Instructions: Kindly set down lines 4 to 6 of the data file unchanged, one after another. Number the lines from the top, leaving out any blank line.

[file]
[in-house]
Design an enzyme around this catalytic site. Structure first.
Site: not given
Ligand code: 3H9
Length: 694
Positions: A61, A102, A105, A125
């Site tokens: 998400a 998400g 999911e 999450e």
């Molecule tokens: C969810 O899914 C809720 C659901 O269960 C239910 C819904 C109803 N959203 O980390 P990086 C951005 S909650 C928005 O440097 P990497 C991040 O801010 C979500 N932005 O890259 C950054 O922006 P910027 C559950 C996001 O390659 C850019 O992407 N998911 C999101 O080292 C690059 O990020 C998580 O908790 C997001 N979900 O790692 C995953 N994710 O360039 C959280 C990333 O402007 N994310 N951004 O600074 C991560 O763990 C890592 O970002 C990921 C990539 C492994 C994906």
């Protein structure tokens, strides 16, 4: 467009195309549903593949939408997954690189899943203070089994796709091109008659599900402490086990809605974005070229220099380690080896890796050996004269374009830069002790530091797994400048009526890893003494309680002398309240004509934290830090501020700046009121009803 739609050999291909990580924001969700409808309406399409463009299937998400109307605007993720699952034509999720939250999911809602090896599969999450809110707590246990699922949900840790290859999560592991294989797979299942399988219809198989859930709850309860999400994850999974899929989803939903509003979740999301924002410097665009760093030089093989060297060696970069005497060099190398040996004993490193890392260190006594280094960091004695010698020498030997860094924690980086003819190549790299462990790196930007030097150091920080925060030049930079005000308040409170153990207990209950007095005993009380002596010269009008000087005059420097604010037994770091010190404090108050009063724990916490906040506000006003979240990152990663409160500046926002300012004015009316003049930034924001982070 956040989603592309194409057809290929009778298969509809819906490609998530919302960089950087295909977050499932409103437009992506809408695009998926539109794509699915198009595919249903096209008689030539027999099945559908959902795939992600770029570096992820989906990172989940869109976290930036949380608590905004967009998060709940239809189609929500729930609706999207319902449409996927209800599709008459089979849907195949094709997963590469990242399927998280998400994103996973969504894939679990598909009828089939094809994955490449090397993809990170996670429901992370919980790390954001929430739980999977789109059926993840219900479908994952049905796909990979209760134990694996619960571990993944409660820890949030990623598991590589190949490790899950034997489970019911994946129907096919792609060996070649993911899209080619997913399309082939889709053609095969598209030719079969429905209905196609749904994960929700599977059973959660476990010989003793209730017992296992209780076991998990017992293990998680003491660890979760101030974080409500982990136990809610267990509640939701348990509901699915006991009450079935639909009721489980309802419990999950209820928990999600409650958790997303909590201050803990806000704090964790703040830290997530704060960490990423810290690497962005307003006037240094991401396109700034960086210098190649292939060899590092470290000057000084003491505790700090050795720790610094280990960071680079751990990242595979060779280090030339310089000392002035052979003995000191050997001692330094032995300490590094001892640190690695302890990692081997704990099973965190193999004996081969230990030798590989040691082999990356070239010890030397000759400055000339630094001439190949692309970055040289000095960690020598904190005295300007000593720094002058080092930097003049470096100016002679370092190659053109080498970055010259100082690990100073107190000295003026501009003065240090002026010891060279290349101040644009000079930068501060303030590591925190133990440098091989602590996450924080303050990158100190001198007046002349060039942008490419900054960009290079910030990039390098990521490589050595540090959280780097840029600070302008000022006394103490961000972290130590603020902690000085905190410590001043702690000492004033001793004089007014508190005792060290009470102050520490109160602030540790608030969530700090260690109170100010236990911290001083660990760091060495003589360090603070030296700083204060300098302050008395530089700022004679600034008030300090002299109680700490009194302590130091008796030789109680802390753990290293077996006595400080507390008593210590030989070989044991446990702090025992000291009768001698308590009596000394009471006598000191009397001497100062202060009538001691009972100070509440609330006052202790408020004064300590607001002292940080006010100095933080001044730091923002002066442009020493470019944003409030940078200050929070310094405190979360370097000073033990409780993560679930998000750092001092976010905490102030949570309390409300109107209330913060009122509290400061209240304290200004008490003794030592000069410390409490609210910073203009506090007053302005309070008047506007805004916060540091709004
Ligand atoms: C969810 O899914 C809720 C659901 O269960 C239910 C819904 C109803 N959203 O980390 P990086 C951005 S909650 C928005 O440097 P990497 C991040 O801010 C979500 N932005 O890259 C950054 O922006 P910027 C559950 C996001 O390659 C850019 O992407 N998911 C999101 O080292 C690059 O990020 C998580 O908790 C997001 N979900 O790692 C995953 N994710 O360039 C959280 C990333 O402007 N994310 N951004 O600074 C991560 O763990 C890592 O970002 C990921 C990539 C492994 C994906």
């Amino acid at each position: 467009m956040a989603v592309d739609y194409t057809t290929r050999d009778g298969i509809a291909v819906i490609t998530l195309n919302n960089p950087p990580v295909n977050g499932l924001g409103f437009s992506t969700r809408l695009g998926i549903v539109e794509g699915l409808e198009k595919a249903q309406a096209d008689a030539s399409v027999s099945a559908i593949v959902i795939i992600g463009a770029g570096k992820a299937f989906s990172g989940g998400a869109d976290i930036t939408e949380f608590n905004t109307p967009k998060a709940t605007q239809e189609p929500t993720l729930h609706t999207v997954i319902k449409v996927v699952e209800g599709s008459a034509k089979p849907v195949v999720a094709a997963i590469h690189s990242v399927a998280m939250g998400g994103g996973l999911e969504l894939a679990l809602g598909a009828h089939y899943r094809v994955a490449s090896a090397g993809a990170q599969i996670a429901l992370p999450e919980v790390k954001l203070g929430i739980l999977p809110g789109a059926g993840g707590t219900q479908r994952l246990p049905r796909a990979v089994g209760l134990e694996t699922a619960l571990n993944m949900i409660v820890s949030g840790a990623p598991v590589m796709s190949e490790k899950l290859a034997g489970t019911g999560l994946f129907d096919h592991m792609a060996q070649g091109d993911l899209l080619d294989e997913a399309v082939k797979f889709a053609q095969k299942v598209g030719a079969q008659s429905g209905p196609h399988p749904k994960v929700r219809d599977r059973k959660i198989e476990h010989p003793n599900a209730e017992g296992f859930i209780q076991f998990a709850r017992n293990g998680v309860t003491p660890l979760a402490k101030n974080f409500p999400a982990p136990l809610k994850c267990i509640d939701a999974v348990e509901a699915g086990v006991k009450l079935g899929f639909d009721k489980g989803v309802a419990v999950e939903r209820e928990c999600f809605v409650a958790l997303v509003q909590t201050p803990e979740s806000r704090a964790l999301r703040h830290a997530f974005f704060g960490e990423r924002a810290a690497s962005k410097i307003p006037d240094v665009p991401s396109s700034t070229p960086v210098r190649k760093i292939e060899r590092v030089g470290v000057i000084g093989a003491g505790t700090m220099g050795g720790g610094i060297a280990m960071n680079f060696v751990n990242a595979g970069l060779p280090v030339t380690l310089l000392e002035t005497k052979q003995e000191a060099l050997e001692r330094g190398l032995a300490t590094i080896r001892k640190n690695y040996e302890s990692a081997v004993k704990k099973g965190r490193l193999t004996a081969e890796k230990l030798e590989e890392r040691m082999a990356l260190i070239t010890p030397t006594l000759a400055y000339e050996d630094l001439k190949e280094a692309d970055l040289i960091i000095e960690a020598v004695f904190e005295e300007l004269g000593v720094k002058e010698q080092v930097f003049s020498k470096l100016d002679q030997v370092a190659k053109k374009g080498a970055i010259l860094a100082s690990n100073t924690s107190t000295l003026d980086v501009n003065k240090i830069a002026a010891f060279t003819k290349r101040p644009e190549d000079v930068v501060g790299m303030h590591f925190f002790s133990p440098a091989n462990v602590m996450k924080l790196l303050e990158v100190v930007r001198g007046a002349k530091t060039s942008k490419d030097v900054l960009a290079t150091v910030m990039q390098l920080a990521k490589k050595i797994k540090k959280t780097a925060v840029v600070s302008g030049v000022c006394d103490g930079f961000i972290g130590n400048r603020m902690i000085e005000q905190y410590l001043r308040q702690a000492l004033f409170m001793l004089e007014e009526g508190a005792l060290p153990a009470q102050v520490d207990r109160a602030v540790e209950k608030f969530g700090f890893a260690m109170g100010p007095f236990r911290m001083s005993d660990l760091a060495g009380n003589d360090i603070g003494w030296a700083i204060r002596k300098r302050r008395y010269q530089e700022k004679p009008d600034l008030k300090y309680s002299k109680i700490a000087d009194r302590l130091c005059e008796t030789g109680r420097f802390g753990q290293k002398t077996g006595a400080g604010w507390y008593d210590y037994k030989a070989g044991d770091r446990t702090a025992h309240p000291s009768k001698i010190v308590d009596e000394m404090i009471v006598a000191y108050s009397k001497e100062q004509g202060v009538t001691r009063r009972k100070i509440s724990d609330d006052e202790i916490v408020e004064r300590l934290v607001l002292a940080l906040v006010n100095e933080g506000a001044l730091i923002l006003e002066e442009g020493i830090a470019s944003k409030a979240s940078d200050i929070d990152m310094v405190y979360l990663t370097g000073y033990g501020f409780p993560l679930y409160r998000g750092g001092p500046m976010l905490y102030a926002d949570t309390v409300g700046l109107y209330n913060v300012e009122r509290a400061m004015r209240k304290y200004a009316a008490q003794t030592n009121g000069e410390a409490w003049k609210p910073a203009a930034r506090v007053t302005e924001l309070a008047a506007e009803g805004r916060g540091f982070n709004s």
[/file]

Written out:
Ligand code: 3H9
Length: 694
Positions: A61, A102, A105, A125